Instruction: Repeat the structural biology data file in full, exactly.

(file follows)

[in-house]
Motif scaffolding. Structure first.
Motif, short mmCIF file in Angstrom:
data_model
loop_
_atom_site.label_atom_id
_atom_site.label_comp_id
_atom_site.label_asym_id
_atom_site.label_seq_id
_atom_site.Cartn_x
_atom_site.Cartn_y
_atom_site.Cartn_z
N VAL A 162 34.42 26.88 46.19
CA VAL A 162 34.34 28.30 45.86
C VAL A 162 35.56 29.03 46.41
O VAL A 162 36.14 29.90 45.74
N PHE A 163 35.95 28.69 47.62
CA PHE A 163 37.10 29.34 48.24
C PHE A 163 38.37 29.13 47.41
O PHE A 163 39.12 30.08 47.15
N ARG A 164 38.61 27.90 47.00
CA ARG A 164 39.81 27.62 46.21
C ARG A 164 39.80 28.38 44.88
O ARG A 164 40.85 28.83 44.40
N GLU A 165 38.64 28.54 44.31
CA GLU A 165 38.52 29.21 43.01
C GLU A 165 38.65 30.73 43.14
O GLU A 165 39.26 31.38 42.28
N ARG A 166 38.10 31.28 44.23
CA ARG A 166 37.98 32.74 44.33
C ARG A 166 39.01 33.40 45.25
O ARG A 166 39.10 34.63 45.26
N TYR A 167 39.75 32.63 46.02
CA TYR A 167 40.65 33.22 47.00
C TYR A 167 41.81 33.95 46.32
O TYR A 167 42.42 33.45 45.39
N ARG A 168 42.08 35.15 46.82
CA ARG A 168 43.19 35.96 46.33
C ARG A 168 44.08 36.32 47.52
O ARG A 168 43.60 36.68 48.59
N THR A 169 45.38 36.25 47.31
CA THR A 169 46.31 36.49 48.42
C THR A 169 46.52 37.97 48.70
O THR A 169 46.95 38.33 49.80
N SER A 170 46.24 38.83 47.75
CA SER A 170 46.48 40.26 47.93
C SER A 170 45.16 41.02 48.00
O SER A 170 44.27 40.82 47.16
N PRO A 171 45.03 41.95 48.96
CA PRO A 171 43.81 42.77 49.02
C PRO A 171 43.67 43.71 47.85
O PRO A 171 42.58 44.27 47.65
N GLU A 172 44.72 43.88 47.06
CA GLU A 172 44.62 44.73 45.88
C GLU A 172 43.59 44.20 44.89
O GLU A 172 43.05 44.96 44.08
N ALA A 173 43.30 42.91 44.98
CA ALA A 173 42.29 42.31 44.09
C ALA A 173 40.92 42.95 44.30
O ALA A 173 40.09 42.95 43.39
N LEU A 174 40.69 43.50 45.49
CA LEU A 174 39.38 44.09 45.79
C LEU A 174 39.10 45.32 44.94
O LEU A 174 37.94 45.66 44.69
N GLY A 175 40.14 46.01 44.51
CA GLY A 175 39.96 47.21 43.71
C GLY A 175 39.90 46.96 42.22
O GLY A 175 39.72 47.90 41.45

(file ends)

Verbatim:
[in-house]
Motif scaffolding. Structure first.
Motif, short mmCIF file in Angstrom:
data_model
loop_
_atom_site.label_atom_id
_atom_site.label_comp_id
_atom_site.label_asym_id
_atom_site.label_seq_id
_atom_site.Cartn_x
_atom_site.Cartn_y
_atom_site.Cartn_z
N VAL A 162 34.42 26.88 46.19
CA VAL A 162 34.34 28.30 45.86
C VAL A 162 35.56 29.03 46.41
O VAL A 162 36.14 29.90 45.74
N PHE A 163 35.95 28.69 47.62
CA PHE A 163 37.10 29.34 48.24
C PHE A 163 38.37 29.13 47.41
O PHE A 163 39.12 30.08 47.15
N ARG A 164 38.61 27.90 47.00
CA ARG A 164 39.81 27.62 46.21
C ARG A 164 39.80 28.38 44.88
O ARG A 164 40.85 28.83 44.40
N GLU A 165 38.64 28.54 44.31
CA GLU A 165 38.52 29.21 43.01
C GLU A 165 38.65 30.73 43.14
O GLU A 165 39.26 31.38 42.28
N ARG A 166 38.10 31.28 44.23
CA ARG A 166 37.98 32.74 44.33
C ARG A 166 39.01 33.40 45.25
O ARG A 166 39.10 34.63 45.26
N TYR A 167 39.75 32.63 46.02
CA TYR A 167 40.65 33.22 47.00
C TYR A 167 41.81 33.95 46.32
O TYR A 167 42.42 33.45 45.39
N ARG A 168 42.08 35.15 46.82
CA ARG A 168 43.19 35.96 46.33
C ARG A 168 44.08 36.32 47.52
O ARG A 168 43.60 36.68 48.59
N THR A 169 45.38 36.25 47.31
CA THR A 169 46.31 36.49 48.42
C THR A 169 46.52 37.97 48.70
O THR A 169 46.95 38.33 49.80
N SER A 170 46.24 38.83 47.75
CA SER A 170 46.48 40.26 47.93
C SER A 170 45.16 41.02 48.00
O SER A 170 44.27 40.82 47.16
N PRO A 171 45.03 41.95 48.96
CA PRO A 171 43.81 42.77 49.02
C PRO A 171 43.67 43.71 47.85
O PRO A 171 42.58 44.27 47.65
N GLU A 172 44.72 43.88 47.06
CA GLU A 172 44.62 44.73 45.88
C GLU A 172 43.59 44.20 44.89
O GLU A 172 43.05 44.96 44.08
N ALA A 173 43.30 42.91 44.98
CA ALA A 173 42.29 42.31 44.09
C ALA A 173 40.92 42.95 44.30
O ALA A 173 40.09 42.95 43.39
N LEU A 174 40.69 43.50 45.49
CA LEU A 174 39.38 44.09 45.79
C LEU A 174 39.10 45.32 44.94
O LEU A 174 37.94 45.66 44.69
N GLY A 175 40.14 46.01 44.51
CA GLY A 175 39.96 47.21 43.71
C GLY A 175 39.90 46.96 42.22
O GLY A 175 39.72 47.90 41.45